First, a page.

History and importance of Cleaning Teeth

"Bid them wash their faces and keep their teeth clean."

                                                    By: William Shakespeare 

 

It is expected that an average person will brush their teeth 40,000 times during their lifetime. The reason why we brush our teeth is to protect ourselves from bacteria that cause cavities and other gum diseases, which can sometimes be chronic or fatal.

Structure of the the Tooth

The tooth has 3 layers: Enamel, Dentin and Pulp.

The outermost layer is a hard shell is called enamel. It is stronger than the bone and the hardest substances in the human body. However, unlike other bones in our body, once the enamel is damaged, it does not regrow. Therefore, it is super important that we take good care of our teeth. 

Underneath the enamel is dentin which is not as hard as enamel because it contains microscopic tubes. When enamel is damaged and eroded to the level of the dentin, the tooth becomes more sensitive to hot and cold sensations, and is generally more sensitive to pain.

Finally, underneath the dentin is a pulp which consist of nerves and blood vessels. When the pulp is exposed, this can quickly turn into a dental emergency. Thus, the who purpose of dental care is to prevent this from happening. 

What products did our ancestors use to brushed their Teeth?

Brushing teeth is not a new concept; in fact it dates back to the beginning of human society. Egyptian first developed dental cream as far back as 3000- 5000 BC. It was not a paste, it was actually tooth powder made of oxen hooves, myrrh, burnt egg shells, and pumice. 

The ancient Greeks and Romans upgraded the recipe adding crushed bones and oyster shells as an abrasive with natural flavors like natural mint.

Around 500 BC China and India were also using powder as well. The Chinese herbalists added herbs to make it more palatable.

Evolution of Toothpaste?

1824: A dentist named Peabody added soap to toothpaste. Soap was later replaced by chemical sodium lauryn sulfate (SLS) to create a smooth paste.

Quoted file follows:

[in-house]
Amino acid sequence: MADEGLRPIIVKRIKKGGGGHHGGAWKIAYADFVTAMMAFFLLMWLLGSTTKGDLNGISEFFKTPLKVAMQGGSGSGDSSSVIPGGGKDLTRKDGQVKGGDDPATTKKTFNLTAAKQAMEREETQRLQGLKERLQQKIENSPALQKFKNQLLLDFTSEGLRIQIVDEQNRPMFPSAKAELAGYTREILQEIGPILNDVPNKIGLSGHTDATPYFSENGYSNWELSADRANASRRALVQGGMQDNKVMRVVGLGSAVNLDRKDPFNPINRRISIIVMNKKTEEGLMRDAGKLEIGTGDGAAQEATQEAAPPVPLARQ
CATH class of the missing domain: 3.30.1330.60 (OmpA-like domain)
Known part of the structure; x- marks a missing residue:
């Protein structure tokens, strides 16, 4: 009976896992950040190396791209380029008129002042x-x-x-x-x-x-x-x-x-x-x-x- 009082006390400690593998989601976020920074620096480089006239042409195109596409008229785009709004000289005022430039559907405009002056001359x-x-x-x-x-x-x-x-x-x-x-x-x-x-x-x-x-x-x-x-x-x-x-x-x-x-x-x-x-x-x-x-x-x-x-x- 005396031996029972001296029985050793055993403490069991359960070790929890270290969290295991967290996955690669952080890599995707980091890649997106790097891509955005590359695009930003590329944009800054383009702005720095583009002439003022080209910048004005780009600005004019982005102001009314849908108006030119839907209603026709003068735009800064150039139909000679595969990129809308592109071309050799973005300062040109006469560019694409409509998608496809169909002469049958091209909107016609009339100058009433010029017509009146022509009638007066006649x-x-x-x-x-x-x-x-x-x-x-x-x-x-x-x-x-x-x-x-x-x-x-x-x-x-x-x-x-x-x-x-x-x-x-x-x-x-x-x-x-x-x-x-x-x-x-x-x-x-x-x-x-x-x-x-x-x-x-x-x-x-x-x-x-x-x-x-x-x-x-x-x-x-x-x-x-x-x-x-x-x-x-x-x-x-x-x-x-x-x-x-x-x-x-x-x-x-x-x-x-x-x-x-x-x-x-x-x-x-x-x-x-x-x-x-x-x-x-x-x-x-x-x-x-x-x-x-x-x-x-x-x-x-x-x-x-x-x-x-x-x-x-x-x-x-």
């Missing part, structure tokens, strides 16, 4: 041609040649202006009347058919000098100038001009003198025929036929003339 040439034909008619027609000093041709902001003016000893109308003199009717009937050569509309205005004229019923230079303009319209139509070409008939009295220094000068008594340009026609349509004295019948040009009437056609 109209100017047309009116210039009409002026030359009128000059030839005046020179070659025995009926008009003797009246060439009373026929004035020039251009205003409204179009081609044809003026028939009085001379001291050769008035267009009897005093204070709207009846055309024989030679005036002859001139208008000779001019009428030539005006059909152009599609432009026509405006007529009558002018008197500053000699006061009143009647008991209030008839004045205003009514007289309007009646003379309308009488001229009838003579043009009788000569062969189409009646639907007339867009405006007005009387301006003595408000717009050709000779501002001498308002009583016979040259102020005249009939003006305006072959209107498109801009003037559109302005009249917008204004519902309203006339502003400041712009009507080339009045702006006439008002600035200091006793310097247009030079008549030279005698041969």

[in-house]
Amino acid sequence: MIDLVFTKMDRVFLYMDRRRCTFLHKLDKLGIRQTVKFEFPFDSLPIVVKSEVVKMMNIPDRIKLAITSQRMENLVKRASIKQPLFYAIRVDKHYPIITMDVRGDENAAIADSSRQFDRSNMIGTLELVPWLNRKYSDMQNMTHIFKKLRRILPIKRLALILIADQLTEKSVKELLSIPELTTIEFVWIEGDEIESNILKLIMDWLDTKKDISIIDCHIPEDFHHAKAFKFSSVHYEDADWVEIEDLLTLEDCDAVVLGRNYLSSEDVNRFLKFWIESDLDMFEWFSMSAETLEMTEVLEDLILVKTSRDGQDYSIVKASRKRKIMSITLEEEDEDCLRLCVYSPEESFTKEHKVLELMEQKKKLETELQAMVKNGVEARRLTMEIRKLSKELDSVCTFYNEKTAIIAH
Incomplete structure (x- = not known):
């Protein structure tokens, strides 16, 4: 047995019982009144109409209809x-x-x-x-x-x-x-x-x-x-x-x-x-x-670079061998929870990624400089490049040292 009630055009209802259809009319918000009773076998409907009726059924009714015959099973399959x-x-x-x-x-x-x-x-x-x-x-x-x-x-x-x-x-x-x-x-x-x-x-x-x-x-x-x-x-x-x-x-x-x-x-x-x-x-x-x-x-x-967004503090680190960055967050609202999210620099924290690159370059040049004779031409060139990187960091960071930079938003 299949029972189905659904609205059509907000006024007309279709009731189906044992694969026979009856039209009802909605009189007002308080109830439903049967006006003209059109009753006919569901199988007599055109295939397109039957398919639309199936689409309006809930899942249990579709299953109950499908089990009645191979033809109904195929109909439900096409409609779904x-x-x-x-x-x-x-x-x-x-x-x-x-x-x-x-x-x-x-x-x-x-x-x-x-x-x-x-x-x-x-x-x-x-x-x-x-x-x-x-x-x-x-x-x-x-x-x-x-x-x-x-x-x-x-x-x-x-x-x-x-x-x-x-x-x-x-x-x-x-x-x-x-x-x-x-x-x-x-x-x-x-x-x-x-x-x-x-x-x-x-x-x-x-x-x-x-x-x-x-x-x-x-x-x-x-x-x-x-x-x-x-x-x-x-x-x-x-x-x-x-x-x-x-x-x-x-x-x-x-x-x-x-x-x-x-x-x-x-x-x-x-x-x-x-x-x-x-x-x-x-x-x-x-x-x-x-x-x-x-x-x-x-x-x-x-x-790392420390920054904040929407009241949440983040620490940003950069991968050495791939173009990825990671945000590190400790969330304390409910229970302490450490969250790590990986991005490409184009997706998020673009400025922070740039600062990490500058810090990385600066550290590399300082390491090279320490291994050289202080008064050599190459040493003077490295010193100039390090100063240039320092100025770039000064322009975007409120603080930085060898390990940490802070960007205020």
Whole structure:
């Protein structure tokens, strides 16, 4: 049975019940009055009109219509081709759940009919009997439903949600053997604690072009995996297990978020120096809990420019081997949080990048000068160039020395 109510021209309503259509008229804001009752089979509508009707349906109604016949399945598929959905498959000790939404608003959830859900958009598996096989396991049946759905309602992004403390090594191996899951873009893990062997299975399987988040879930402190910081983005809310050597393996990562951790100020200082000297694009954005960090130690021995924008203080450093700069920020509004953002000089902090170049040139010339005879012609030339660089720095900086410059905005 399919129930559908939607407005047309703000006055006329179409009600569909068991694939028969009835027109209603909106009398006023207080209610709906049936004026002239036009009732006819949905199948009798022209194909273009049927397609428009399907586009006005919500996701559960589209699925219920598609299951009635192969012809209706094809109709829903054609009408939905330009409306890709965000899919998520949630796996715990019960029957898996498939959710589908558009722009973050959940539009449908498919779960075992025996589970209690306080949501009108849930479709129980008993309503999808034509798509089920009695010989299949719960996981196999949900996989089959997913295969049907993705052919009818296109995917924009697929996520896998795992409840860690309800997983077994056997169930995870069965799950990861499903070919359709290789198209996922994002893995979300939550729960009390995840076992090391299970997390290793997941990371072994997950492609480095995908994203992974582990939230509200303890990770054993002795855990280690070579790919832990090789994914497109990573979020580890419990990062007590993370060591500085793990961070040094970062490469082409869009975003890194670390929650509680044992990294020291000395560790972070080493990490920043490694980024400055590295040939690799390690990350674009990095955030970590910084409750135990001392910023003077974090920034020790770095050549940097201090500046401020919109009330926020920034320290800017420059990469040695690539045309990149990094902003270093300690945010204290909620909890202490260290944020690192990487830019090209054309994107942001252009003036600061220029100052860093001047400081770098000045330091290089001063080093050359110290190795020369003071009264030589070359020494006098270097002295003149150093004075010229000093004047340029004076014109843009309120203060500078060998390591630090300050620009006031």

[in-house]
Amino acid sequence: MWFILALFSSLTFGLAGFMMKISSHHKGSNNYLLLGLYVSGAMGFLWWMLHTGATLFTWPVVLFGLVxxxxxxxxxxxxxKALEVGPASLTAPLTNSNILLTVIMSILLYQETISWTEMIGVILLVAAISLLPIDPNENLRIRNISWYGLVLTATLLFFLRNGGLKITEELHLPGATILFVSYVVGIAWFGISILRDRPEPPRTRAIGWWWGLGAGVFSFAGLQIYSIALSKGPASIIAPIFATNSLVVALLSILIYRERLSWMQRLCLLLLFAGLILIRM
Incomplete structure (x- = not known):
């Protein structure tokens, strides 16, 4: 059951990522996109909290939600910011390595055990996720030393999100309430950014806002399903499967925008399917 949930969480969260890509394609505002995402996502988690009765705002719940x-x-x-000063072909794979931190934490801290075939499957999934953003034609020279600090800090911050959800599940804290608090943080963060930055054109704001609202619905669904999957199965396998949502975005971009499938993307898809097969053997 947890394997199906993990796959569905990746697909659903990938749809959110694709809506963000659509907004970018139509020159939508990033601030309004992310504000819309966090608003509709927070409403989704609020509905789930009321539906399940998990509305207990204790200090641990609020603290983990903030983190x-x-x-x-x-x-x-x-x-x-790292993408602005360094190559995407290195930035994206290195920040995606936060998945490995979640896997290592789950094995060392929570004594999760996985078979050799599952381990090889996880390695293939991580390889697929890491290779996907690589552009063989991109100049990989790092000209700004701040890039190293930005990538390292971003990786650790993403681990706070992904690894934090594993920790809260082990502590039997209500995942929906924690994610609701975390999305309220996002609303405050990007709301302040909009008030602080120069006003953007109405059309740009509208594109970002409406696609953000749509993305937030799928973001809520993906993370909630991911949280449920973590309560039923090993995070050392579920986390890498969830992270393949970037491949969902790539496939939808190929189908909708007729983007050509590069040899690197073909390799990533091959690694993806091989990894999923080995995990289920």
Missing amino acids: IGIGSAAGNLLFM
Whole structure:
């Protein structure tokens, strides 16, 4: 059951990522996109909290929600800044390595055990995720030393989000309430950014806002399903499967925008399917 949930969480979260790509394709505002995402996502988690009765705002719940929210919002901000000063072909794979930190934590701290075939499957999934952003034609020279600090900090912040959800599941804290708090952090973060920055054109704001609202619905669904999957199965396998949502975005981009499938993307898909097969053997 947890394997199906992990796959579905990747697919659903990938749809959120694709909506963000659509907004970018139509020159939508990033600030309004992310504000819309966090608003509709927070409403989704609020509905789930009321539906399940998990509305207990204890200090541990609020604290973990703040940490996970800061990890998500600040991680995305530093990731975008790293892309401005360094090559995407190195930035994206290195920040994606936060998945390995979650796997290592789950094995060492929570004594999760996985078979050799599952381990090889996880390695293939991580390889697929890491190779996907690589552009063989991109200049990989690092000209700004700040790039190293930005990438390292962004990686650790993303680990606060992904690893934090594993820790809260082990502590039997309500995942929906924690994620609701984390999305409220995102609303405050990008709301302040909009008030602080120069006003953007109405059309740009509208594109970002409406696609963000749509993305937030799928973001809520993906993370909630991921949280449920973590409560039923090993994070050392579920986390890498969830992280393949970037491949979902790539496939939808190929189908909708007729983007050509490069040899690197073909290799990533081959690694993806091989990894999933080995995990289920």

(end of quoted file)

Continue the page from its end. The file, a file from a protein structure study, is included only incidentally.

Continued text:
1850's: During this time, toothpaste became popular. Chalk and Salt toothpowder were commonly used. The other recipe was Toothpaste made of glycerine and gun powder and was sold in jars.

1873: Colgate launched the first commercial toothpaste and sold it in a jar.

1892: Dr. Sheffield father and son invented toothpaste in a tube. They were inspired by the artist using paints coming out of a tube.

1896: Colgate started putting Toothpaste in a tube, tubes were made of metals and with a key to squeeze out every single ounce of toothpaste.

1914: Fluoride is added to toothpastes after discovering it significantly decreased dental cavities. 

History and Evolution of Toothbrush

In the ancient days people used rags, fingers or twig to brush their teeth. 

The first Toothbrush was invented by Chinese during the Tang dynasty, it had a bamboo handle and bristles made of hog hair, which is basically the design that is common today. Japanese used horse hair as a bristle.

The first mass-produced toothbrush was made by William Addis while he was in a prison around 1780. He was using rag to clean his teeth but was not satisfied with the result, so he used bone from the left over supper and persuaded guards to buy some bristles. He then would create holes and glue the bristles to the bone and, thus, the modern toothbrush was born.

Toothbrushes were super expensive and even if people could afford the brushes, they would share it with other family members. It wasn't until around the time of World War II and the development  of nylon that the modern toothbrush was affordable for the common person.

The mouth is one of the most personal and sensitive parts of our body. The main goal of oral care back then was the same as it is now – to freshen breath, whiten teeth, as well as to remove plaque and food residue. Although we are definitely getting better tooth care and better tasting toothpaste products than our predecessors did, we need constant oral care and attention because even good teeth can decay if neglected.